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Medical Ethics and Developing a Policy

Scenario:

Ocean Health is a nonprofit, community-based, healthcare delivery network in Medford, Oregon, which includes three acute-care hospitals, a network of more than 1500 physicians, a broad ambulatory care network, home healthcare, and associated support services. The organization has a compliance department that is staffed with a director for compliance and several professional staff. You have a lead role on the compliance team. The responsibility for the Compliance Department includes, but is not limited to, the following:

Ensuring that all departments and lines of business are in compliance with all contact requirements; accreditation standards; and all applicable federal, state, and local laws.

Developing and implementing a policy that is consistent with the organization's mission and goals while ensuring compliance with all external regulatory agencies.

Providing technical support to all departments and lines in business regarding compliance issues.

Case Study

You are the risk manager of the Risk Management Department at Lincoln Terrace Community Hospital. You are responsible for providing training for newly hired employees, and in-service training of current staff. After a negative publicity of Lincoln Terrace Community Hospital in the community's newspaper, the chief executive officer requested an immediate training. You are given the details of the case, but told to observe the health insurance portability and accountability (HIPAA) standards of privacy, security, and confidentiality of the patient in the case. You are asked to address the ethical, legal, and regulatory considerations of patient care, and the goals, standards, and requirements of effective health provider/patient relationships in a scholarly manner.

J. R. vs. Lincoln Terrace Community Hospital

J. R., a 35 year old woman, at 37 weeks pregnant began feeling intense pain in her lower abdomen. Upon arrival at the emergency room (ER), she was assessed and then sent home. Over the next 2 weeks Karrlei returned to the ER three times with complaints of pressure in her lower pelvic area and pain at level 7. On all three occasions J.R was assessed and sent home. Three days later the pain became unbearable and J. R. once again returned to the ER. This time her blood pressure was 180/130, and her pain level was 9. She was immediately admitted. Nine hours after her admission was completed, J. R. still had not dilated. The decision for cesarean was made, which was successful. While in the hospital she received custodial care from a patient care associate (PCA), but never saw a physician. Once she saw a woman with a badge, â??RNâ??. But no one cleaned the wound site, nor did J. R. receive instructions on how to clean her wound. The education checklist J. R. received upon discharge from the maternity unit indicating areas requiring patient education was blank, but signed by the registered nurse. Three days after discharge from the hospital J. R. returned to the ER with infection at the post surgical wound site.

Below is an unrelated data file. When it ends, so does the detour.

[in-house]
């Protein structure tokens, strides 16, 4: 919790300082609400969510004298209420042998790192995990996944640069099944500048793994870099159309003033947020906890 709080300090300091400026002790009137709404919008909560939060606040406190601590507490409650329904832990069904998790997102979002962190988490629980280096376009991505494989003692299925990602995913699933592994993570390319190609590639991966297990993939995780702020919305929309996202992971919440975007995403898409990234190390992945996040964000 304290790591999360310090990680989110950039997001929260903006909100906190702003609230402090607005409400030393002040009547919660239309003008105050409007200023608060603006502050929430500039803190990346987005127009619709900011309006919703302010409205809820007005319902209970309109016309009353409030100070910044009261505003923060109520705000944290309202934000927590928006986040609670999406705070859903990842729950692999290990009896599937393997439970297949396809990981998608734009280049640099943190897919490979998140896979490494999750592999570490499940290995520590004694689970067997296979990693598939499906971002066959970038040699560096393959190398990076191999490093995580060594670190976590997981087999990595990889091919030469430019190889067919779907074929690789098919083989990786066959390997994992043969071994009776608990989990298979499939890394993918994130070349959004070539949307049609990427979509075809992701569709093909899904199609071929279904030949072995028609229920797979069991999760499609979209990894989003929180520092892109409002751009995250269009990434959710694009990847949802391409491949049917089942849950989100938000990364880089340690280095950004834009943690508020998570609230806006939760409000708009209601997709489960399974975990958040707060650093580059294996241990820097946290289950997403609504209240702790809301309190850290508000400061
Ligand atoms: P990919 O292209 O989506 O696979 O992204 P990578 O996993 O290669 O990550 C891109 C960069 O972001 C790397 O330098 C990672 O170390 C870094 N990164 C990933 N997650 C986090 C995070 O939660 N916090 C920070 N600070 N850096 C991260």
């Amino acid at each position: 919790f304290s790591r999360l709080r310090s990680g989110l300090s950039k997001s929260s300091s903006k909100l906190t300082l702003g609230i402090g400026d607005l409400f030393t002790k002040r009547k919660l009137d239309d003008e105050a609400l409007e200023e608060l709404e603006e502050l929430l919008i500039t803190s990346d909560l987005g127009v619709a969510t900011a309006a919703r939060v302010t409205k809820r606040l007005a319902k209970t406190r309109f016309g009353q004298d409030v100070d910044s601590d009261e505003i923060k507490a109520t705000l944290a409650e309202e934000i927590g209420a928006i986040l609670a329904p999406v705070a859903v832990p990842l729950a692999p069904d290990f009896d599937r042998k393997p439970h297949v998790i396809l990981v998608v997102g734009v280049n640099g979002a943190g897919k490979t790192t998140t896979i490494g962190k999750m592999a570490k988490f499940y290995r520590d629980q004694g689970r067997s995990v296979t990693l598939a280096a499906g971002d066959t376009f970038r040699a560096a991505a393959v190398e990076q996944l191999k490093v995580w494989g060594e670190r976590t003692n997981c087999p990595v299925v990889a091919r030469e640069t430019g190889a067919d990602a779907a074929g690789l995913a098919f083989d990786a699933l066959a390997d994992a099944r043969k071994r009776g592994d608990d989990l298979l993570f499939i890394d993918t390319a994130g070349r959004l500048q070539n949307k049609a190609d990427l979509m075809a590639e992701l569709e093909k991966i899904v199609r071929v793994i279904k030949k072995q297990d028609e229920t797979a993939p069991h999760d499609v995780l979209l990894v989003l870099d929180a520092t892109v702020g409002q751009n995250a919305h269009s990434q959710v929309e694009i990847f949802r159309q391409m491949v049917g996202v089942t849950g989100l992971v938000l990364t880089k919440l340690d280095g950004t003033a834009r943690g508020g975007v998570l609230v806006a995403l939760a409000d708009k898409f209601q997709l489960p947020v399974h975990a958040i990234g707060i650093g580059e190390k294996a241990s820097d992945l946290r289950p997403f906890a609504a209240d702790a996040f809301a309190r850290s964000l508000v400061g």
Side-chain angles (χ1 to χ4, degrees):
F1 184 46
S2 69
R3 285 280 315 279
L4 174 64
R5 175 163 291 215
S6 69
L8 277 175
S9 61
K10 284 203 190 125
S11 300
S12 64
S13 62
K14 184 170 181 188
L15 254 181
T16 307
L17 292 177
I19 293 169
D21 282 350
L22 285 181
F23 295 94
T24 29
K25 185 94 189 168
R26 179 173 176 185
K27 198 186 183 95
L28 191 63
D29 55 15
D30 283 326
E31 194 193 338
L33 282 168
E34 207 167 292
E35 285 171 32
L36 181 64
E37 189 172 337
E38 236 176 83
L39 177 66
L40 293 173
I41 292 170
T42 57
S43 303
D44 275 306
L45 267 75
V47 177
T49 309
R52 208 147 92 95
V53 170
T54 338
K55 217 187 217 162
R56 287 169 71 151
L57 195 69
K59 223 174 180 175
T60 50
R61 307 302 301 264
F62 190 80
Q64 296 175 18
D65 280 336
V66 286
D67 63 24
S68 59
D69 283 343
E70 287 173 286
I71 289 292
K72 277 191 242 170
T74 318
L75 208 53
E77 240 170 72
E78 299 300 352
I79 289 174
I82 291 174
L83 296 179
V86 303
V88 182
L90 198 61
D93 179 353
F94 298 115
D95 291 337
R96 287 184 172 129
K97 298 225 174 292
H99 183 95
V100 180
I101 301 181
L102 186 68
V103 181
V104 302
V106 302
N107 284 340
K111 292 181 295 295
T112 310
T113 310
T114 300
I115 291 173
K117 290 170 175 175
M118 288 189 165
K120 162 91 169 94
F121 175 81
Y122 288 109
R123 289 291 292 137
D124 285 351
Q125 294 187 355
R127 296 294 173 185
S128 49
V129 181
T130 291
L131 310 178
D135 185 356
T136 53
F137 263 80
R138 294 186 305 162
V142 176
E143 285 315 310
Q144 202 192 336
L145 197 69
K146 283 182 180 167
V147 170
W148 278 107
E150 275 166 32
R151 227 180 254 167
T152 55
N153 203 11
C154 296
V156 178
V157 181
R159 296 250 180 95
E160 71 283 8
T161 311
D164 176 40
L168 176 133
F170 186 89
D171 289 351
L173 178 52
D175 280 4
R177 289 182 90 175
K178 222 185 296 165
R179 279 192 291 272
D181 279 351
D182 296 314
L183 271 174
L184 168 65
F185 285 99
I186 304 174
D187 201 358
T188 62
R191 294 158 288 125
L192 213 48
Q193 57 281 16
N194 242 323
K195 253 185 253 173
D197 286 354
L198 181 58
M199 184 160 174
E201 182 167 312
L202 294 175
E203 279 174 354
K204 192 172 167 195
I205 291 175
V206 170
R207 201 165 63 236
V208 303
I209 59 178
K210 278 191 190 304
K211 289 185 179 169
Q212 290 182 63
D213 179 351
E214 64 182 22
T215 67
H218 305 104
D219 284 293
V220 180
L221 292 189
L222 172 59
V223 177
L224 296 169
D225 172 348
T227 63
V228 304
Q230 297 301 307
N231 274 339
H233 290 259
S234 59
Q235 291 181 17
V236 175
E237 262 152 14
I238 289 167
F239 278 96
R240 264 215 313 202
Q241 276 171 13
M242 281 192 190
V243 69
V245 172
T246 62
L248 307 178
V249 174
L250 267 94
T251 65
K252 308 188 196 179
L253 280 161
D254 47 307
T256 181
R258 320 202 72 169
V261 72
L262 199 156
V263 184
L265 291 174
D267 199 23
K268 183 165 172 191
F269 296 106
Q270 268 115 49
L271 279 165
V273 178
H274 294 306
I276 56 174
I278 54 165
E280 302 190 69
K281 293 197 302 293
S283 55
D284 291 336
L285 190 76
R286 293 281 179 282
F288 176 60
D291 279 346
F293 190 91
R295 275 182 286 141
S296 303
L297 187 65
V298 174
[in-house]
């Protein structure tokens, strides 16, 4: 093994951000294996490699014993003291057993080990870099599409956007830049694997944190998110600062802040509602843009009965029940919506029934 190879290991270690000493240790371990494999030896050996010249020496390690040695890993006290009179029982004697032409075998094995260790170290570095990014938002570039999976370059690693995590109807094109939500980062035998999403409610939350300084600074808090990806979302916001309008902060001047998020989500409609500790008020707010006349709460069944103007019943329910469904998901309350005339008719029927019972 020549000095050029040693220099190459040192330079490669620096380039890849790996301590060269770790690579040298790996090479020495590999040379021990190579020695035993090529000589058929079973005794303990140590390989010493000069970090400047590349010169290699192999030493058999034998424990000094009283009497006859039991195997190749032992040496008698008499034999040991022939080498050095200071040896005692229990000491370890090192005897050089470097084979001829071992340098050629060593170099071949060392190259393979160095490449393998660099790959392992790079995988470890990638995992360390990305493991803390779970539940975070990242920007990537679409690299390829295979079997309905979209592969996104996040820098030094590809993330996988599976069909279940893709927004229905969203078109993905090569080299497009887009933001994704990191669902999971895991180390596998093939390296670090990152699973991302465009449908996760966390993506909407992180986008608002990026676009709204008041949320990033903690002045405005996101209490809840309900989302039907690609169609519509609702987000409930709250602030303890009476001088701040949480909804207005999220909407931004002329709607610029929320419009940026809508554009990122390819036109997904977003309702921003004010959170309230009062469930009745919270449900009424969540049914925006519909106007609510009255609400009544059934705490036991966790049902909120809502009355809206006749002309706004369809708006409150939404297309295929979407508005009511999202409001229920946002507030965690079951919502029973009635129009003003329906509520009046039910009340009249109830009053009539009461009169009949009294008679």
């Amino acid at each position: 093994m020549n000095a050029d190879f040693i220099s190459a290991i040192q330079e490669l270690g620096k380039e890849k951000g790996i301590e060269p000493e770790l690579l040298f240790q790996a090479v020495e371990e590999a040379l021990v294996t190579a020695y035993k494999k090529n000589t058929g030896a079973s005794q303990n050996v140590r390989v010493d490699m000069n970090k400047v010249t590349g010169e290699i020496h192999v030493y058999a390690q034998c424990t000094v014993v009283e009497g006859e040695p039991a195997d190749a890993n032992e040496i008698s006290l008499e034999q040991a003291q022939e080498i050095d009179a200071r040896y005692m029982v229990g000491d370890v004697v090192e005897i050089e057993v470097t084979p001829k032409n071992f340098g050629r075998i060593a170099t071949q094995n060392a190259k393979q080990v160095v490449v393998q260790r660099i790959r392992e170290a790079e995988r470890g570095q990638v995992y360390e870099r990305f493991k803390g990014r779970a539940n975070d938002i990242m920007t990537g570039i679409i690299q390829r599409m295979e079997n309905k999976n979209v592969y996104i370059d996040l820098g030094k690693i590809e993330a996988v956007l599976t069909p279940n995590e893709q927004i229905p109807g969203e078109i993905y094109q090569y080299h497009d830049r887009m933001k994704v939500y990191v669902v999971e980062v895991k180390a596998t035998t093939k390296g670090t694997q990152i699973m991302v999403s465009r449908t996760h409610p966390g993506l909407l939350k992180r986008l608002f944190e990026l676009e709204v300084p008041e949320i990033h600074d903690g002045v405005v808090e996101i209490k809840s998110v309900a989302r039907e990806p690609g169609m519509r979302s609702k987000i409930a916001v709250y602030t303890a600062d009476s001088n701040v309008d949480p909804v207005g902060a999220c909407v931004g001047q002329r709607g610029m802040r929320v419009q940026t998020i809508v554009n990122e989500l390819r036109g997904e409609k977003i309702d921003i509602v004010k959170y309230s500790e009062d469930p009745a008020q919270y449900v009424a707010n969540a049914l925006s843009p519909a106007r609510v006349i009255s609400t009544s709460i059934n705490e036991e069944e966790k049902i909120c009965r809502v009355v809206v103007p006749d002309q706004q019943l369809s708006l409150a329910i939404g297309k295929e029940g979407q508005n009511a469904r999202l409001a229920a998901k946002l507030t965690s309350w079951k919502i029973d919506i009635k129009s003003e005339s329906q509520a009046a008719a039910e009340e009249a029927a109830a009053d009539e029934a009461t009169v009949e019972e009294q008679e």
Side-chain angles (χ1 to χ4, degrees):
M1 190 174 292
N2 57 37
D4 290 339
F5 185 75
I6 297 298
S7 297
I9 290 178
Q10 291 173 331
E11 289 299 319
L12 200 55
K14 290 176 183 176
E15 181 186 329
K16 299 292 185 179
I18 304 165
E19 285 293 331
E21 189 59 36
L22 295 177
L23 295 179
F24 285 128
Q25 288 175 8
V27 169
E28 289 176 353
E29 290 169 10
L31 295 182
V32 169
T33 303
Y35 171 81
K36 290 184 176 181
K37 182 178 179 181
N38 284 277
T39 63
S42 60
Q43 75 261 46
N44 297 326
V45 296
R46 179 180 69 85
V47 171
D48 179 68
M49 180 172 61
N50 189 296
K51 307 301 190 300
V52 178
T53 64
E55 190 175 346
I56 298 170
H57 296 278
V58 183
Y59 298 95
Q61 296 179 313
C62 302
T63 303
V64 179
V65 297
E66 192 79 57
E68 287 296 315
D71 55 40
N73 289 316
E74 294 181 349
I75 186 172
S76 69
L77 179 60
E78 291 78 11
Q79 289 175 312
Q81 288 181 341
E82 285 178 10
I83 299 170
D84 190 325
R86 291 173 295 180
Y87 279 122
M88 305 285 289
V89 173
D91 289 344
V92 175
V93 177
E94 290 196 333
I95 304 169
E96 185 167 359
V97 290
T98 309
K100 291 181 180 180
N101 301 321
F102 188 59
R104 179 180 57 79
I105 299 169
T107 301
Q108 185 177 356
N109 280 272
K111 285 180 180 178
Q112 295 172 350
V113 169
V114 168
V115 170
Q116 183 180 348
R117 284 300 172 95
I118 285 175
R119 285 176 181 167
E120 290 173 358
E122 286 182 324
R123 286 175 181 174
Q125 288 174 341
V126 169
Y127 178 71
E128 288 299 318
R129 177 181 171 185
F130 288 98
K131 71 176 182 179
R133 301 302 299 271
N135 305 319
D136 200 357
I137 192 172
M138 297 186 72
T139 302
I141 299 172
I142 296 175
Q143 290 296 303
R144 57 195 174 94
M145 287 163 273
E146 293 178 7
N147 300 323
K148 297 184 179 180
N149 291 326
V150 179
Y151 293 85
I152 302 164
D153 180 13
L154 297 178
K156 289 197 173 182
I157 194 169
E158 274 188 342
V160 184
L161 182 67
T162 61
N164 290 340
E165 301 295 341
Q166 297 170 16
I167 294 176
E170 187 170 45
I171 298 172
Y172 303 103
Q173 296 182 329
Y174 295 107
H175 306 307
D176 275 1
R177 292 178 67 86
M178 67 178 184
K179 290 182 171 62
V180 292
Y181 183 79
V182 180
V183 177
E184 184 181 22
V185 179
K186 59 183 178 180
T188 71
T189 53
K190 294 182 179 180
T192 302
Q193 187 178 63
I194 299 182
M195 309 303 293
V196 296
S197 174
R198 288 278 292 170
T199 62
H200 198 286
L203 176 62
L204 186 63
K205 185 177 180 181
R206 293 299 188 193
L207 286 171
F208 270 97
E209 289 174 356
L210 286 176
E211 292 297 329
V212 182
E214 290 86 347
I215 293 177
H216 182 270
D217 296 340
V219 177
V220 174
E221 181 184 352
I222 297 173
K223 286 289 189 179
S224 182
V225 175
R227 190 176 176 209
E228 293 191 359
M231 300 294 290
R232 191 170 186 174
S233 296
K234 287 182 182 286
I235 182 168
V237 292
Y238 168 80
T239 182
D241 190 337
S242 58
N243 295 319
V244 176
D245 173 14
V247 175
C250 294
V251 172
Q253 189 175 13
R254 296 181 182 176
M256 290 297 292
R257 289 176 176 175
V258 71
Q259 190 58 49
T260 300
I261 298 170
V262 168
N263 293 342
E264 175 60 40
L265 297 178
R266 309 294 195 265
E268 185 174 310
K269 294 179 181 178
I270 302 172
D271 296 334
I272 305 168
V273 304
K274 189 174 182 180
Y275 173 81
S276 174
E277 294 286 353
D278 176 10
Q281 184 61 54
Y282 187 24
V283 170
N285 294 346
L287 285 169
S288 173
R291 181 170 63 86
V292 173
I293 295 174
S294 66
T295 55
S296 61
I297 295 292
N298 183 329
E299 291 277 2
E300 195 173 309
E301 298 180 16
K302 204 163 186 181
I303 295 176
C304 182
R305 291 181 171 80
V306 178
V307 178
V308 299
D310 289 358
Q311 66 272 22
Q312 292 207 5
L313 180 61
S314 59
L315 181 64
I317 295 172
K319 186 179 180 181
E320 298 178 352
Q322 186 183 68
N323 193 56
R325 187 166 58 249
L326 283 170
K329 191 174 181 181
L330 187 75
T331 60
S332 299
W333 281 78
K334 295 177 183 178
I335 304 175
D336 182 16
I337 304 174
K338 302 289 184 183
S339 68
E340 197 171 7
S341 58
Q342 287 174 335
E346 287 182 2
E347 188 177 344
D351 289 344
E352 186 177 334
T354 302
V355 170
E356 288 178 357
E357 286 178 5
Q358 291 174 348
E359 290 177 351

A month later J. R. contacted a lawyer who requested her medical records. After the third request to the medical records department was unsuccessful, the lawyer requested a subpoena for the medical records. An unidentified woman representing the hospital left a detailed message of the specifics of the subpoena and the status of the release of the medical record on the lawyer's office voice mail. A week later, finally J. R.â??s medical records arrived at her lawyer's office. The education checklist was found after a thorough review of the medical record. The signature on the education checklist in the medical records was the same on the education checklist J. R. produced to the lawyer, the dates were the same. The difference was, the education checklist in the medical record was complete, indicating J. R. received proper care for her wound site while in the hospital, and received instructions on how to clean her post surgical wound site.

Part I
1. Identify the Law that will govern this case, and discuss.

2. Identify the following:

a. Plaintiff

b. Defendant

3. How may the defendant's lawyer use the defense of the following?

a. Comparative negligence

b. Contributory negligence

4. Were the 4 D's of negligence evident in the case? Discuss.

a. Duty of care

b. Dereliction (Breach of duty of care)

c. Damage

d. Direct Cause

5. Define Breach of Contract and discuss how it relates to this case.

6. Discuss the Physician/Patient relationship as it relates to this case.

What are goals, standards, and requirement for an effective physician/patient relationship?
7. Define and discuss the following:

a. Duty-Base Ethics